Jesus’ love your enemies is not so that they get it that much more when they have to stand before God, so that we can stand there innocent of any provocation or retaliation only to make them look even worse. That’s a human motive, and Jesus is trying to have us love in ways that are more than human. And this is where one of those important inconsistencies appears in the Bible. Both in Matthew’s Sermon on the Mount and Luke’s Sermon on the Plain we hear the message that we should love those who don’t love us because God does that all of the time. God isn’t loving only to those who love Him back; God loves everybody. I particularly like the way Matthew puts this sentiment: “‘[God] makes his sun rise on the evil and on the good, and sends rain on the righteous and on the unrighteous.’” (5:45)
Now both Matthew and Luke know that this commandment to love our enemies is reaching the highest levels of the Christian vocation, that this is probably the hardest lesson to learn and practice in our faith. This is why Matthew’s Jesus finishes off His teaching about love your enemies by saying to any and all who will listen: “‘Be perfect as your heavenly Father is perfect.’” (5:48) This “love your enemy” stuff is to be like God. It is definitely not to be like most all humans act here on earth. It’s hard. Again, it’s probably the hardest thing we are called to do as Christians. It’s unnatural. It’s against our instinct. But it’s at the heart and soul of understanding Jesus and our faith in Jesus.
I don’t know if you remember or not from last Sunday, but we were talking about Luke’s Sermon on the Plain being the more practical version of Matthew’s more spiritual Sermon on the Mount. So instead of “be perfect,” which I don’t think was concrete enough for Luke, like what does it mean to be perfect. Luke instead completes the lesson on love your enemies with Jesus proclaiming: “‘Be merciful, just as your Father is merciful.’” (6:36) He’s saying to us that if we want to know and understand what perfect like God means, then be merciful like God. Mercy is what defines God’s perfection, and this means mercy is the epitome of Christian perfection.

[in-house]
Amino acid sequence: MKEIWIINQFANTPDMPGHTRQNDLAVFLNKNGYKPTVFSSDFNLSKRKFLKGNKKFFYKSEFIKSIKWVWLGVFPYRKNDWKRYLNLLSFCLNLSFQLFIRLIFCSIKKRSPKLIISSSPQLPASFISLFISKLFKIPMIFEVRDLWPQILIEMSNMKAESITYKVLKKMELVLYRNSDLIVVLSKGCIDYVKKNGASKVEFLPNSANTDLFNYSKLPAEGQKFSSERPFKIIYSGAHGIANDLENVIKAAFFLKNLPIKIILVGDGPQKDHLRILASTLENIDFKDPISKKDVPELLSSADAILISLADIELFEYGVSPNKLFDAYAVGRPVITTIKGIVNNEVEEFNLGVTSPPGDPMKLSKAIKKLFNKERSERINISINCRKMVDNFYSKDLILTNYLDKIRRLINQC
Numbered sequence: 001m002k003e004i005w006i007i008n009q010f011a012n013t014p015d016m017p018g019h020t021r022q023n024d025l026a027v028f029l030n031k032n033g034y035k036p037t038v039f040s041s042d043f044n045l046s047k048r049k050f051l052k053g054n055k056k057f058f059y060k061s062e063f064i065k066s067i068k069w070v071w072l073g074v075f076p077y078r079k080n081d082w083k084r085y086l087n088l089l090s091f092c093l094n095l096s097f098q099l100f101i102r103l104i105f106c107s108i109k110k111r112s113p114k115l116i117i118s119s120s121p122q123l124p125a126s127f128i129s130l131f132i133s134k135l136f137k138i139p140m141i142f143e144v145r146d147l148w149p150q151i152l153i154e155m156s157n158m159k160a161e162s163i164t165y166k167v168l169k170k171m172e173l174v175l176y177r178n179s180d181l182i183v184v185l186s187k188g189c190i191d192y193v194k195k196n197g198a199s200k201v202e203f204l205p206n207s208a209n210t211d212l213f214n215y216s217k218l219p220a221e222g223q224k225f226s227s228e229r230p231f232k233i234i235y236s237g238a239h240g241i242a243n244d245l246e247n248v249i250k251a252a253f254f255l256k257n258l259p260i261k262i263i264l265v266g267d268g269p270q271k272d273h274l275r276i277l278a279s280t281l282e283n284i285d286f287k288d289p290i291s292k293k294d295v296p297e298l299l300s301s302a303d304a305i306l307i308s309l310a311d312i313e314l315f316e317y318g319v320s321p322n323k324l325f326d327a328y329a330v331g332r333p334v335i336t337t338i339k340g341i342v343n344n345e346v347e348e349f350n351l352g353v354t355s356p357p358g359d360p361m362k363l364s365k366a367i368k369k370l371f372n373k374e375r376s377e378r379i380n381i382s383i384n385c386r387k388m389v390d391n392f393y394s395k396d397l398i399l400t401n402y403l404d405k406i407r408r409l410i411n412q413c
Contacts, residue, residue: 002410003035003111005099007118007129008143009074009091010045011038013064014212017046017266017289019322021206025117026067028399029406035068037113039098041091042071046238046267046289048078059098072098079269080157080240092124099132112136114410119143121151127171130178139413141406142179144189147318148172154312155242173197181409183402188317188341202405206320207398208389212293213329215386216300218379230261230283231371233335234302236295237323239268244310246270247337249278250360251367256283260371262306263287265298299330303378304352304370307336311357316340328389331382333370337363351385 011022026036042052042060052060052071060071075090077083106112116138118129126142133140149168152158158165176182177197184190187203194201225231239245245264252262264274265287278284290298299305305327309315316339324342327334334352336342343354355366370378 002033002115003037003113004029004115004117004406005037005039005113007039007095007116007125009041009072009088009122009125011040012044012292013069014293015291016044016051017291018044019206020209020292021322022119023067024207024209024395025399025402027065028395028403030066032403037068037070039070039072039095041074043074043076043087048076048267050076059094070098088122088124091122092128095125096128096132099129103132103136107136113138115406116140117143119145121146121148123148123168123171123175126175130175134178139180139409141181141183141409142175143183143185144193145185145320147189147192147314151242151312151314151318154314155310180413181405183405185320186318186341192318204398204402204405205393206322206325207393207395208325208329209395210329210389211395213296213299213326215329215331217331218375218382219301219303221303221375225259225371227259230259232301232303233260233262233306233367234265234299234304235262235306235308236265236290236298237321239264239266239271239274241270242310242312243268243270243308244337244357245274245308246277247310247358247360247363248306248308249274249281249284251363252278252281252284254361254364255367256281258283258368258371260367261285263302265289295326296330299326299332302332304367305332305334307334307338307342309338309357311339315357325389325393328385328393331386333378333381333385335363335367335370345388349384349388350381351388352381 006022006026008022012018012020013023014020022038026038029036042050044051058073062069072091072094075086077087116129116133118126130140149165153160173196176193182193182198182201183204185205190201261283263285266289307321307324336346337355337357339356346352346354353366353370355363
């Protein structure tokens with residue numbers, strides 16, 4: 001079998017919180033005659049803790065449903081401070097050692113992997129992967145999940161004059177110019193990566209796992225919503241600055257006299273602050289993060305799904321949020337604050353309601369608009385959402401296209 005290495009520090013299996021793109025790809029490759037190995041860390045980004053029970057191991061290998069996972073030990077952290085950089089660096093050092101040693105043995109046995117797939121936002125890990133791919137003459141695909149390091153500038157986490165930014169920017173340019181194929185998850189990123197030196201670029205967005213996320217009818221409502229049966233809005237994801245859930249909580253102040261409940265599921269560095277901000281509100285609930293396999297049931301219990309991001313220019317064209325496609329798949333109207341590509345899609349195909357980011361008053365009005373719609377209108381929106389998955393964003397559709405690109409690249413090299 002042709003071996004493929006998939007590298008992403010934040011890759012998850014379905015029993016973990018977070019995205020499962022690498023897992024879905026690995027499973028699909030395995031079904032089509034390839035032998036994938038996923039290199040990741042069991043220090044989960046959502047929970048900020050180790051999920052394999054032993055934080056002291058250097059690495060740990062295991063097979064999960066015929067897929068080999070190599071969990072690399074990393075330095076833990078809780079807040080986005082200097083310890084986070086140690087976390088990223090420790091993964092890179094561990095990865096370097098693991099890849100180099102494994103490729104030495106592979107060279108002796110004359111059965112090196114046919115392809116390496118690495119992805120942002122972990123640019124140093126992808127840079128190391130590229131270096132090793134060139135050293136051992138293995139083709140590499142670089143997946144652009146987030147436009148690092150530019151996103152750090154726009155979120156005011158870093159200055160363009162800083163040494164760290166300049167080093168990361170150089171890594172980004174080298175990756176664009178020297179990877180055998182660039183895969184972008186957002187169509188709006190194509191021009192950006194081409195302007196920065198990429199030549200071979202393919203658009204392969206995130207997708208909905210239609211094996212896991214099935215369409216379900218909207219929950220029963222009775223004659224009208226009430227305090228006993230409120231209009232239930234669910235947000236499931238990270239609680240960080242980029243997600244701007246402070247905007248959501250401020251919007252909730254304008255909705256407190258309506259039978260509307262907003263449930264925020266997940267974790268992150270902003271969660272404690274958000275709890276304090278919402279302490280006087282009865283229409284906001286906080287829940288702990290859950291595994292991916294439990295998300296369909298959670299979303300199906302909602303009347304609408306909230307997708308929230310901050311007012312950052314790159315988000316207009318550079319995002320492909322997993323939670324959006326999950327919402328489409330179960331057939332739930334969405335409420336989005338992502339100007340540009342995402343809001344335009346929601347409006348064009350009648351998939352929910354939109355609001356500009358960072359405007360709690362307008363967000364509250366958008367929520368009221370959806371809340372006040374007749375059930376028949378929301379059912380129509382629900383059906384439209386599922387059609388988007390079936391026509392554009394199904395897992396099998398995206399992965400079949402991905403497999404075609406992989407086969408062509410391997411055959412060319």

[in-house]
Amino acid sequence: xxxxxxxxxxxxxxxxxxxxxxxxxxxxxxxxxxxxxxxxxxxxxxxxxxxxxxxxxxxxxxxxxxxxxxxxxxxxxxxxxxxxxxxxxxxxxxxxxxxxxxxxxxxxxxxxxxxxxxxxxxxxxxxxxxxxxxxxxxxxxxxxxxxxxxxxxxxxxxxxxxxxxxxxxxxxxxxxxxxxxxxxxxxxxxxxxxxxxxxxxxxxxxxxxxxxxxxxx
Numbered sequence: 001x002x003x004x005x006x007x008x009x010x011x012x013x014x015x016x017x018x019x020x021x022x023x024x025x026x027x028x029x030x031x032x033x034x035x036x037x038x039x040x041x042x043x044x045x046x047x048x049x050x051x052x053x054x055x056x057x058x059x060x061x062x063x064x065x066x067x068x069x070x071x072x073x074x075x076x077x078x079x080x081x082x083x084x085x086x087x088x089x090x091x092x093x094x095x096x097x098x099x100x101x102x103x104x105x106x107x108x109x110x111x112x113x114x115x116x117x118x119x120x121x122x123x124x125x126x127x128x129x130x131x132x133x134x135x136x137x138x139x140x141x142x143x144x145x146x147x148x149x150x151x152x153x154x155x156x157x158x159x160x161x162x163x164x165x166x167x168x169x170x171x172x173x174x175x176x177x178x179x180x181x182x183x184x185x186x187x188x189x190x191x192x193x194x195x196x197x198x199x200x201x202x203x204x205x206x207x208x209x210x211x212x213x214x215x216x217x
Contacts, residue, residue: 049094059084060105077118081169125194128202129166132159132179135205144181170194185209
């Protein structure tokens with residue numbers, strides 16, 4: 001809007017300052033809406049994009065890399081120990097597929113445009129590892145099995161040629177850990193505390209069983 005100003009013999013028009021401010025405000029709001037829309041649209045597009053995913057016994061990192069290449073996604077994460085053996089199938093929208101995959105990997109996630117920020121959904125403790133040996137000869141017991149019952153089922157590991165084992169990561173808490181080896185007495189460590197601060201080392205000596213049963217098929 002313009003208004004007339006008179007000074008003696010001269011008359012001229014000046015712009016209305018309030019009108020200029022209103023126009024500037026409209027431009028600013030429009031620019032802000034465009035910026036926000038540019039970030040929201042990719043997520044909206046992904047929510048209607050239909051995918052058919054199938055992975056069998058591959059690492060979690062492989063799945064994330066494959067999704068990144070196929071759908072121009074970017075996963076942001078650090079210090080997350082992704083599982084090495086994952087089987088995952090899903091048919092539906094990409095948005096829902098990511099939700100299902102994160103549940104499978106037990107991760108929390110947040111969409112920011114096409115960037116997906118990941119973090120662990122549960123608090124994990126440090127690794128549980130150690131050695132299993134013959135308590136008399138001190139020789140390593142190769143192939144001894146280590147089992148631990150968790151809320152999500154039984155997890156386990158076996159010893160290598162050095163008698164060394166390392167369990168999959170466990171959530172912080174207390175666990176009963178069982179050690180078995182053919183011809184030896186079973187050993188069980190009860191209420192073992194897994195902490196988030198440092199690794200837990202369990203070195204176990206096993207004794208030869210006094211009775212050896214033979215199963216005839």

A real religious fanatic would therefore not be defined by ranting and raving and shooting and killing. A real religious fanatic would be defined by love your enemy and being as perfectly merciful as God is merciful. That’s why I bought that greeting card. I laughed and I still do when I see it on my book shelf, but it’s absolutely right on the mark. We can’t confuse self-righteousness with God’s righteousness. God sends His rains on the good and the bad says the Bible. And so in God’s name we have to try and treat everyone with the benefit of the doubt. It’s not easy. It’s not practical. Sometimes it’s going to hurt, but hey, we’re getting ready to think about a God who went to the cross not only for saints, but for everybody. Plus we don’t want to meet those nuns with guns by being the wrong kind of religious fanatic. So in Jesus’ name we pray for the grace necessary to try and better love even our enemies. Amen. (+)
Fr. Randolph Calvo